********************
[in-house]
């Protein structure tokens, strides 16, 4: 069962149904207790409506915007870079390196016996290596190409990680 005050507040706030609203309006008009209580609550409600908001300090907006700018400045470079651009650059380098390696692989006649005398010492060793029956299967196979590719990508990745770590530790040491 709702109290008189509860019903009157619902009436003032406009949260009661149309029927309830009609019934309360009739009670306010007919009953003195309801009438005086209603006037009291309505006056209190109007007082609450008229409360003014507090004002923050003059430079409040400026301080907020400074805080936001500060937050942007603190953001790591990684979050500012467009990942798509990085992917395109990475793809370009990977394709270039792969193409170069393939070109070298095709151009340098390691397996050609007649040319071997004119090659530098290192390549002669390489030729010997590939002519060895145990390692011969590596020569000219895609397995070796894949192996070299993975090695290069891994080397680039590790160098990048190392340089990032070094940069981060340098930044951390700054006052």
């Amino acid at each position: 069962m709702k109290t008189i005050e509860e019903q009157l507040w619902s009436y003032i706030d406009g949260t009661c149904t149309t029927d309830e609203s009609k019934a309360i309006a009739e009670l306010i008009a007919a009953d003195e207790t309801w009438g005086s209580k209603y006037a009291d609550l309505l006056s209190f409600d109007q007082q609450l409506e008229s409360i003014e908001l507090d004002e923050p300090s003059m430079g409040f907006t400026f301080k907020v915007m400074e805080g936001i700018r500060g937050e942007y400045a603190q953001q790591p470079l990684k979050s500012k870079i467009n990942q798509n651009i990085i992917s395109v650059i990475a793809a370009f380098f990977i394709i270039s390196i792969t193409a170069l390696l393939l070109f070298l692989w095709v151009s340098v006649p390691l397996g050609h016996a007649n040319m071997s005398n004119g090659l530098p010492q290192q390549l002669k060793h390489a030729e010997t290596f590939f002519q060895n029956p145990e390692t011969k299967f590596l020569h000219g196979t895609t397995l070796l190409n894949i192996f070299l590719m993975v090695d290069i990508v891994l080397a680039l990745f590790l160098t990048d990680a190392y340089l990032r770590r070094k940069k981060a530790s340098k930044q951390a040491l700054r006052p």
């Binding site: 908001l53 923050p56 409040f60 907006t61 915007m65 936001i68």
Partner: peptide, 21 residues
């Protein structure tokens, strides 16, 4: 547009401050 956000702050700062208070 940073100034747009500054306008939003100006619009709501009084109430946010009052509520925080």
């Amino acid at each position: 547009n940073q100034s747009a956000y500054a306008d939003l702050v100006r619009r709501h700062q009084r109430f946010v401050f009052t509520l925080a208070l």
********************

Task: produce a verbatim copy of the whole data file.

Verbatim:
[in-house]
């Protein structure tokens, strides 16, 4: 069962149904207790409506915007870079390196016996290596190409990680 005050507040706030609203309006008009209580609550409600908001300090907006700018400045470079651009650059380098390696692989006649005398010492060793029956299967196979590719990508990745770590530790040491 709702109290008189509860019903009157619902009436003032406009949260009661149309029927309830009609019934309360009739009670306010007919009953003195309801009438005086209603006037009291309505006056209190109007007082609450008229409360003014507090004002923050003059430079409040400026301080907020400074805080936001500060937050942007603190953001790591990684979050500012467009990942798509990085992917395109990475793809370009990977394709270039792969193409170069393939070109070298095709151009340098390691397996050609007649040319071997004119090659530098290192390549002669390489030729010997590939002519060895145990390692011969590596020569000219895609397995070796894949192996070299993975090695290069891994080397680039590790160098990048190392340089990032070094940069981060340098930044951390700054006052």
């Amino acid at each position: 069962m709702k109290t008189i005050e509860e019903q009157l507040w619902s009436y003032i706030d406009g949260t009661c149904t149309t029927d309830e609203s009609k019934a309360i309006a009739e009670l306010i008009a007919a009953d003195e207790t309801w009438g005086s209580k209603y006037a009291d609550l309505l006056s209190f409600d109007q007082q609450l409506e008229s409360i003014e908001l507090d004002e923050p300090s003059m430079g409040f907006t400026f301080k907020v915007m400074e805080g936001i700018r500060g937050e942007y400045a603190q953001q790591p470079l990684k979050s500012k870079i467009n990942q798509n651009i990085i992917s395109v650059i990475a793809a370009f380098f990977i394709i270039s390196i792969t193409a170069l390696l393939l070109f070298l692989w095709v151009s340098v006649p390691l397996g050609h016996a007649n040319m071997s005398n004119g090659l530098p010492q290192q390549l002669k060793h390489a030729e010997t290596f590939f002519q060895n029956p145990e390692t011969k299967f590596l020569h000219g196979t895609t397995l070796l190409n894949i192996f070299l590719m993975v090695d290069i990508v891994l080397a680039l990745f590790l160098t990048d990680a190392y340089l990032r770590r070094k940069k981060a530790s340098k930044q951390a040491l700054r006052p």
């Binding site: 908001l53 923050p56 409040f60 907006t61 915007m65 936001i68």
Partner: peptide, 21 residues
């Protein structure tokens, strides 16, 4: 547009401050 956000702050700062208070 940073100034747009500054306008939003100006619009709501009084109430946010009052509520925080």
């Amino acid at each position: 547009n940073q100034s747009a956000y500054a306008d939003l702050v100006r619009r709501h700062q009084r109430f946010v401050f009052t509520l925080a208070l």